This is all possible, and other cities in the area are already paving the way. Detroit has begun experimenting with bioswales, where stormwater runoff can collect, in residential neighborhoods. Closer to home, Northville just installed its first street made of pervious pavement so that water would drain better.
Farmington’s DPW crews are working valiantly every time it storms, but the truth is, all of us are fighting a losing battle here because our systems are outdated. We need leaders who are ready to invest in new solutions for a new climate era, and the sooner, the better.
Trees are city infrastructure as much as sidewalks, roads, and water/sewer. They make our neighborhoods desirable — and, like other forms of infrastructure, they need to be maintained. Like our aging water/sewer system, we can’t replace all the trees at once. But once we know what needs replacing, we can plan for it and put money aside to do the work. I got a tree study moved to the top of our official Council Goals to ID failing trees, tell us what trees we should plant where, help the City with a maintenance plan, and make Farmington more eligible for tree grants in the future.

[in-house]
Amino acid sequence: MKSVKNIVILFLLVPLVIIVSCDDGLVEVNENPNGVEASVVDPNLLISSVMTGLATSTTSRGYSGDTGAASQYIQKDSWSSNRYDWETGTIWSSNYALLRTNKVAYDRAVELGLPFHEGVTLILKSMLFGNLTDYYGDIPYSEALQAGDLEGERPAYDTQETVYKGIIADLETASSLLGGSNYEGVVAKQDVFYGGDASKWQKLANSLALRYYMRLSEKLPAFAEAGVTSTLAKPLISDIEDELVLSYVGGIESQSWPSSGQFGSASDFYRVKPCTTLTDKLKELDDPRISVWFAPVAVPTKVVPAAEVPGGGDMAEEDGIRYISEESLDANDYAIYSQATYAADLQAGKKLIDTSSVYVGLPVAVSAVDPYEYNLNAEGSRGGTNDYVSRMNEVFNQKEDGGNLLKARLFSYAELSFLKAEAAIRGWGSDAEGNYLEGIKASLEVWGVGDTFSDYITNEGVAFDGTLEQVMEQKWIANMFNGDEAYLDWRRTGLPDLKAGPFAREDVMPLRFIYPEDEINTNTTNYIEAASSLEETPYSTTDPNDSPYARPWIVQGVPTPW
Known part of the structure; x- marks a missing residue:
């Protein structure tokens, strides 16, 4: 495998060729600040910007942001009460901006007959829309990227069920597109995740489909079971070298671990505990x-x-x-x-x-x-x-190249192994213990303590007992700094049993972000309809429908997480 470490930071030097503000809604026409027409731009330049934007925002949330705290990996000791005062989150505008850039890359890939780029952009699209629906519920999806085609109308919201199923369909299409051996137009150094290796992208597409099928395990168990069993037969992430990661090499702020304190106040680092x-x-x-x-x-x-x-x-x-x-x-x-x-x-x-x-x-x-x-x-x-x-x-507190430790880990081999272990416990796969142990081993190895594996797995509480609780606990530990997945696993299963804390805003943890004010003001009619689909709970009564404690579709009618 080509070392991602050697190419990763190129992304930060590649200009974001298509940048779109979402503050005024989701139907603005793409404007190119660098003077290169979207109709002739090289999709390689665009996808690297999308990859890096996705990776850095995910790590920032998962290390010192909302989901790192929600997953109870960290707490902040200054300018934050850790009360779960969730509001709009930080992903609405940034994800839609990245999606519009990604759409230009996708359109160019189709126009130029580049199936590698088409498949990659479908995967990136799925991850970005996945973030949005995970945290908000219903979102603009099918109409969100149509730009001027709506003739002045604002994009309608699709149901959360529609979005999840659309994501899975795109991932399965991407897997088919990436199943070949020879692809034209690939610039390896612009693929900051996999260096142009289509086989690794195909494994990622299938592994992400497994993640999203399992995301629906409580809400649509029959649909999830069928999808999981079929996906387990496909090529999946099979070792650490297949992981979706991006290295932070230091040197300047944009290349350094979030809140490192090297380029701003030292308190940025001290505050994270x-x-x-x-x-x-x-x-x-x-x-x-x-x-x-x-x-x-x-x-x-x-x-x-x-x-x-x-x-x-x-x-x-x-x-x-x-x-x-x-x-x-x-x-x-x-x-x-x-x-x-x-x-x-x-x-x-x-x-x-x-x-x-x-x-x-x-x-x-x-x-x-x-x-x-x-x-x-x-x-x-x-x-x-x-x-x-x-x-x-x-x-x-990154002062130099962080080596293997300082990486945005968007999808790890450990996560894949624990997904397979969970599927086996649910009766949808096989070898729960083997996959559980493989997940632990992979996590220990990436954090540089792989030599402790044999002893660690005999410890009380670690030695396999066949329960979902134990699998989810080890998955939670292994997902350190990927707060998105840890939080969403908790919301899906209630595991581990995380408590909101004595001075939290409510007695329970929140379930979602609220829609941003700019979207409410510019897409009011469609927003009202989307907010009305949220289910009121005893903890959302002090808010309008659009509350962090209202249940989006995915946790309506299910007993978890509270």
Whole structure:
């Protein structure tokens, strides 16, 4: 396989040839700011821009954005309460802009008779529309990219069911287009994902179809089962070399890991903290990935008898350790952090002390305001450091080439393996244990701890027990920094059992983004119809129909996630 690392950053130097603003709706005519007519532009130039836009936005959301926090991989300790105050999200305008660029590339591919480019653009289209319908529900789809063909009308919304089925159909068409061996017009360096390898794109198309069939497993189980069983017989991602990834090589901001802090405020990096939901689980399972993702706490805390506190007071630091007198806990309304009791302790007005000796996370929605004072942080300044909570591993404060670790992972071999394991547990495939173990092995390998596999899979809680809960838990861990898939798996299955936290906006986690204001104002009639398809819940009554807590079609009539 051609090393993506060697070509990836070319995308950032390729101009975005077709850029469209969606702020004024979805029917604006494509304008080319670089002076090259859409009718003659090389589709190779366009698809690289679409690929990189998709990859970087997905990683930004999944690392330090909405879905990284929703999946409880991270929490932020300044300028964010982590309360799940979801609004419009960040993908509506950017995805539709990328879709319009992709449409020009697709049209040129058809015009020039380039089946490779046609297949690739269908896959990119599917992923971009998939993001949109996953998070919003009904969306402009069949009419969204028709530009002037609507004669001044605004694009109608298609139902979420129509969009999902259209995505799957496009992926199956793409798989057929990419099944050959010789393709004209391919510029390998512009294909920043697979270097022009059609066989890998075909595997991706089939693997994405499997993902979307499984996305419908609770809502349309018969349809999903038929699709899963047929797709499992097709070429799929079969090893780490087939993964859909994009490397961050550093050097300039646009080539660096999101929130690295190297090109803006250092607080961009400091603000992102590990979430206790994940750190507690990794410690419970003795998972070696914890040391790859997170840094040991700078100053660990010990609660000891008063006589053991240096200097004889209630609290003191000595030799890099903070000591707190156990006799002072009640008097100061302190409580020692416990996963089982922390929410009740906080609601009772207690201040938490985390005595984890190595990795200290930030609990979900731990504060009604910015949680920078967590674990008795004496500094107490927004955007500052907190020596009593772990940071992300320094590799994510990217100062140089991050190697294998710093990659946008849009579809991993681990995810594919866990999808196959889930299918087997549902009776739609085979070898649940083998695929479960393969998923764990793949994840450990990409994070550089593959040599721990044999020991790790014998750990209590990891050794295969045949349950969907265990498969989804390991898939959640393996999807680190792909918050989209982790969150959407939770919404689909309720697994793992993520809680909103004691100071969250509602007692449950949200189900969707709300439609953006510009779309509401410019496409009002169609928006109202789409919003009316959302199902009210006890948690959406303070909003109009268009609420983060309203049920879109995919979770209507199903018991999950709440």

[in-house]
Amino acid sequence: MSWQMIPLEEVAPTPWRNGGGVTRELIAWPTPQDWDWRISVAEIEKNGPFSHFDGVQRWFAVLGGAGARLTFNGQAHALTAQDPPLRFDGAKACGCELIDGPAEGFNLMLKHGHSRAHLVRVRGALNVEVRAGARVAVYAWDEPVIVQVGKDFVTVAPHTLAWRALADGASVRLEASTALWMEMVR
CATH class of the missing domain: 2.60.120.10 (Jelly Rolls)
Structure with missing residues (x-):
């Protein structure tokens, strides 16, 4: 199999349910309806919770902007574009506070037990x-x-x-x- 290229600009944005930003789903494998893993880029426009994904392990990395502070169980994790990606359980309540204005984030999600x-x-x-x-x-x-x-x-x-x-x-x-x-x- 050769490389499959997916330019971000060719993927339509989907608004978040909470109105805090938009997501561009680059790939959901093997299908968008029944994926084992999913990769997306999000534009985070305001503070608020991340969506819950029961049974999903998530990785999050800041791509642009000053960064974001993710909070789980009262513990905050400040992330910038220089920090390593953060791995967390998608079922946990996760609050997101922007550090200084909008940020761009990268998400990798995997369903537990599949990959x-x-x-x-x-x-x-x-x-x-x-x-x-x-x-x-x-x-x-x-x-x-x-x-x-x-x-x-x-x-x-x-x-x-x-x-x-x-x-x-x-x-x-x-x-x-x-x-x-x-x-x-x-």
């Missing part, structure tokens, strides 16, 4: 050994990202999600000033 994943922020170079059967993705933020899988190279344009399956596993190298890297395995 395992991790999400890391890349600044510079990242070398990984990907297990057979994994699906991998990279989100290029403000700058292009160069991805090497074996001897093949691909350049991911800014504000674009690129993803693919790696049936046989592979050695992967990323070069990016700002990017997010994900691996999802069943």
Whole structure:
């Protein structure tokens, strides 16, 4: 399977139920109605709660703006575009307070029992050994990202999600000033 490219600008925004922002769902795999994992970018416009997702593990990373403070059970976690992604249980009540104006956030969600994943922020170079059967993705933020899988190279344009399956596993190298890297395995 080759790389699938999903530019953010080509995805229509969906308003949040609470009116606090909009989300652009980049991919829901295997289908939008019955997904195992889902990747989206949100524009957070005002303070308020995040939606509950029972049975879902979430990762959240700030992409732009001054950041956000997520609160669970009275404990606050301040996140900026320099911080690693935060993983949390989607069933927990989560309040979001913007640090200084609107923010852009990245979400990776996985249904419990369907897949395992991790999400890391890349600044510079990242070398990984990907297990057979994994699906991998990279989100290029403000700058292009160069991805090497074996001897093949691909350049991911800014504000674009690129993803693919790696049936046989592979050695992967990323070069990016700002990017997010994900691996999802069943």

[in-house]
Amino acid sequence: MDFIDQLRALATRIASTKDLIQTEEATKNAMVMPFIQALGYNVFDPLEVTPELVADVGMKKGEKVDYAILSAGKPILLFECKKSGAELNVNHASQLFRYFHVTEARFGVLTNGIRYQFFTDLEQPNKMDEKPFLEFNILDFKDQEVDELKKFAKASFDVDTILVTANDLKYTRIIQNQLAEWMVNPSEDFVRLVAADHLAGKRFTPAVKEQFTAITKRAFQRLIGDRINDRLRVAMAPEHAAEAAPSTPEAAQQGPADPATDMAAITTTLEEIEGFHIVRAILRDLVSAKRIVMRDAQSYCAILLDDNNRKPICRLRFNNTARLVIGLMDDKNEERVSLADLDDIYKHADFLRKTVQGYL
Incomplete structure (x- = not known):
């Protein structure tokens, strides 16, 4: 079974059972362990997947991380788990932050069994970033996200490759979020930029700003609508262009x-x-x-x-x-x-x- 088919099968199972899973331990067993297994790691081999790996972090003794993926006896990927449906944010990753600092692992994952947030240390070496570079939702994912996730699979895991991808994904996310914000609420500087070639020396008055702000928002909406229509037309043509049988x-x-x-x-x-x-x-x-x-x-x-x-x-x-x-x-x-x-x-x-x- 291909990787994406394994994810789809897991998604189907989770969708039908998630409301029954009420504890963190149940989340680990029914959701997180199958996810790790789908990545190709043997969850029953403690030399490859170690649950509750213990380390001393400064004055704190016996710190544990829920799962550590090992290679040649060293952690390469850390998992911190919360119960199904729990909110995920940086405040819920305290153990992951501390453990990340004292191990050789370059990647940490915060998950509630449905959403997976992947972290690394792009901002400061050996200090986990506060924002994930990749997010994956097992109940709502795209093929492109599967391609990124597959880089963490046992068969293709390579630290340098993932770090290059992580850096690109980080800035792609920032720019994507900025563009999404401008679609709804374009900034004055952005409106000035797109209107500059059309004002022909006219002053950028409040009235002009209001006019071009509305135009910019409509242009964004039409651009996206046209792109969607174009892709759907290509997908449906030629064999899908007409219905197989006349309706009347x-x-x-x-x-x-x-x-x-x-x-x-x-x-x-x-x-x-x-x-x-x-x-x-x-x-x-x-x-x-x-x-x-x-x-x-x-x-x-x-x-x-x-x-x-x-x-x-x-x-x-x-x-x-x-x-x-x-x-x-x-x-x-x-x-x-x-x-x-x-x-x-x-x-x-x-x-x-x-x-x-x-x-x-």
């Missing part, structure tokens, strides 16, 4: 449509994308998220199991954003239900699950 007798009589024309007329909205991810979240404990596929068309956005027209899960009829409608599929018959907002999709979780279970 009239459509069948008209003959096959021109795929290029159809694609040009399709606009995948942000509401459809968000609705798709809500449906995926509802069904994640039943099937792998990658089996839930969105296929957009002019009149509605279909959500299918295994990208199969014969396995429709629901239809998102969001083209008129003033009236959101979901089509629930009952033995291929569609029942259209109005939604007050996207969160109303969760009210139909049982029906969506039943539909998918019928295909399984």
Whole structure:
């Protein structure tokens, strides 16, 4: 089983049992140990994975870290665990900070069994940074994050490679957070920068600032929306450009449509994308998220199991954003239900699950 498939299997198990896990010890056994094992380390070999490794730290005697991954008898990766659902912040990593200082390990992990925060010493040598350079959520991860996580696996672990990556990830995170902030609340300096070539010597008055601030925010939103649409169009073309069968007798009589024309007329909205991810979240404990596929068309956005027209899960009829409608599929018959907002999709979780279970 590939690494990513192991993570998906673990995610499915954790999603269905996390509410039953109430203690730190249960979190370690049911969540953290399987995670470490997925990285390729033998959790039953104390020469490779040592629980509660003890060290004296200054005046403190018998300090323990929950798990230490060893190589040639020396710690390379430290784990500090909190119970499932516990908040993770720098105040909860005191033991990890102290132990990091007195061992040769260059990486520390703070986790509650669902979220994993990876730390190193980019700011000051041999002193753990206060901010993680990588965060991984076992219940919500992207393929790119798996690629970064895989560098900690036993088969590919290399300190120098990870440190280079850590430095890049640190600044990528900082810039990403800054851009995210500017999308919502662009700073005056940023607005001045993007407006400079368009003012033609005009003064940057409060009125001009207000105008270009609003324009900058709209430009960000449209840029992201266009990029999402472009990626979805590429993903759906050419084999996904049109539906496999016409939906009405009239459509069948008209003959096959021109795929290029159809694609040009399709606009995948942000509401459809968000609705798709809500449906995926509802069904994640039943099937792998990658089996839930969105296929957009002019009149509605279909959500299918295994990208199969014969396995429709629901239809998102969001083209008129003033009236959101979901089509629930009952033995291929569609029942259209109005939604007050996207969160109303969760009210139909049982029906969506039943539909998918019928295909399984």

STREETS AND SIDEWALKS
Farmington people love to walk in the community. As your representative, I’ve worked to move the focus of our streets from cars to pedestrians. I have championed the Farmington Road streetscape, which will slow traffic, make downtown more walkable, and help small businesses. I also got the new Pathways Committee underway and currently serve as a member. It’s a group of walkers and bikers from all across the neighborhoods who give input on how to make our streets more pedestrian-friendly. Our mission is to identify places where walking/biking routes are lacking, then recommend those projects to Council and apply for grant funding.